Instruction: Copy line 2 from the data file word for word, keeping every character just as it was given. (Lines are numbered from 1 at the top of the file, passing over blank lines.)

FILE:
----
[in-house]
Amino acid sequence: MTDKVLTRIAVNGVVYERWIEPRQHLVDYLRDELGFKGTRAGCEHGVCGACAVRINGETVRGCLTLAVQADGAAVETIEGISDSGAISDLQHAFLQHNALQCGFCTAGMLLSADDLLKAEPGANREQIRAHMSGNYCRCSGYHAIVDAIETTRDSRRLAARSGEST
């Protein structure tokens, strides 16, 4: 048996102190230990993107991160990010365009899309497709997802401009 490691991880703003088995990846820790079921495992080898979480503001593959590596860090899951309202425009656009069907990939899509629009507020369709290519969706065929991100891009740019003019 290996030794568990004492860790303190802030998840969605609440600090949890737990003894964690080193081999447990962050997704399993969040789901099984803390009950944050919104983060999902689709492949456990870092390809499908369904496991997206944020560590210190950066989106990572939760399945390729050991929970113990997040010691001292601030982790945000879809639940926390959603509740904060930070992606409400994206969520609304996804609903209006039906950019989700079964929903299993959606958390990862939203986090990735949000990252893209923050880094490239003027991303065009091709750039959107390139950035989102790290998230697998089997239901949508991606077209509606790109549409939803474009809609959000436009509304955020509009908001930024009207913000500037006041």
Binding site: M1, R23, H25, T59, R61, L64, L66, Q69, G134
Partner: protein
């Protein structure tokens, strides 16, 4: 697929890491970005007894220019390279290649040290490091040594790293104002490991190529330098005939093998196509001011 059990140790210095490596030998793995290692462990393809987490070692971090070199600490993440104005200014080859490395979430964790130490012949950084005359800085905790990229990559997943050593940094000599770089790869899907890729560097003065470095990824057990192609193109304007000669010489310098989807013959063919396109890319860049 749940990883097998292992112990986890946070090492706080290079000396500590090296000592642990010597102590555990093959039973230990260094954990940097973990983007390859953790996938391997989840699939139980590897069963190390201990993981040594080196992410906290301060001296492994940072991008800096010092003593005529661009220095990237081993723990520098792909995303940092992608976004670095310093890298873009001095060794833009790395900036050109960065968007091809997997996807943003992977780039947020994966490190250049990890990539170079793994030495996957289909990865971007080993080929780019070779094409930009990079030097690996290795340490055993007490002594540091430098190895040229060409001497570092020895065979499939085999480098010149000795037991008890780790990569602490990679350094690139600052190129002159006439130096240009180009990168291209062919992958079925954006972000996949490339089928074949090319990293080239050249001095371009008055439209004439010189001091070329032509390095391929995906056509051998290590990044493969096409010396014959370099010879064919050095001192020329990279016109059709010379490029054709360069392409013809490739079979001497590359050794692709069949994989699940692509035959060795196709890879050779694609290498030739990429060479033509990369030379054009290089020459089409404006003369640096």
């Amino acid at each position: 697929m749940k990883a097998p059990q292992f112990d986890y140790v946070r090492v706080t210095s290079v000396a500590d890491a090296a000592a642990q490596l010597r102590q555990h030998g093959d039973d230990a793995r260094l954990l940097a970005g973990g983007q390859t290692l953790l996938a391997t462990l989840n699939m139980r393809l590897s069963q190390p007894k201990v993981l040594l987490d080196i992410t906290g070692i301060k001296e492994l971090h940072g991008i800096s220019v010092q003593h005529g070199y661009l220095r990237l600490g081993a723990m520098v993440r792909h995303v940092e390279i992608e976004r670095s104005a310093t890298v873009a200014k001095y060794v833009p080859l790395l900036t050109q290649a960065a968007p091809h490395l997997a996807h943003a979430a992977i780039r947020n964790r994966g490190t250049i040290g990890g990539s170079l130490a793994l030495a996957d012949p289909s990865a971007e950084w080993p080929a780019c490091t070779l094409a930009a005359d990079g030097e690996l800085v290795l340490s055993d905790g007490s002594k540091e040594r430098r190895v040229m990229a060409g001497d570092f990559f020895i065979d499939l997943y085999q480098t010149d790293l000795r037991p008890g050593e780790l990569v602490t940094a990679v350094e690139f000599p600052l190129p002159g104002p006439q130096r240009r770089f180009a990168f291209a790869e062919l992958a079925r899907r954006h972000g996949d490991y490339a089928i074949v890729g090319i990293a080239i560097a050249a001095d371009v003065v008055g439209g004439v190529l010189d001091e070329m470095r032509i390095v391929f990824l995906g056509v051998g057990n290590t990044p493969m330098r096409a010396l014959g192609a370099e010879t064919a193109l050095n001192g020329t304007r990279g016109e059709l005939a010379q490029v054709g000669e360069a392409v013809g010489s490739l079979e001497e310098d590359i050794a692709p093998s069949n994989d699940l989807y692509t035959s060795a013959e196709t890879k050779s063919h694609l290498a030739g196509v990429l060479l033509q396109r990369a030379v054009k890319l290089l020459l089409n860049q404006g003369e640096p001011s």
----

Amino acid sequence: MTDKVLTRIAVNGVVYERWIEPRQHLVDYLRDELGFKGTRAGCEHGVCGACAVRINGETVRGCLTLAVQADGAAVETIEGISDSGAISDLQHAFLQHNALQCGFCTAGMLLSADDLLKAEPGANREQIRAHMSGNYCRCSGYHAIVDAIETTRDSRRLAARSGEST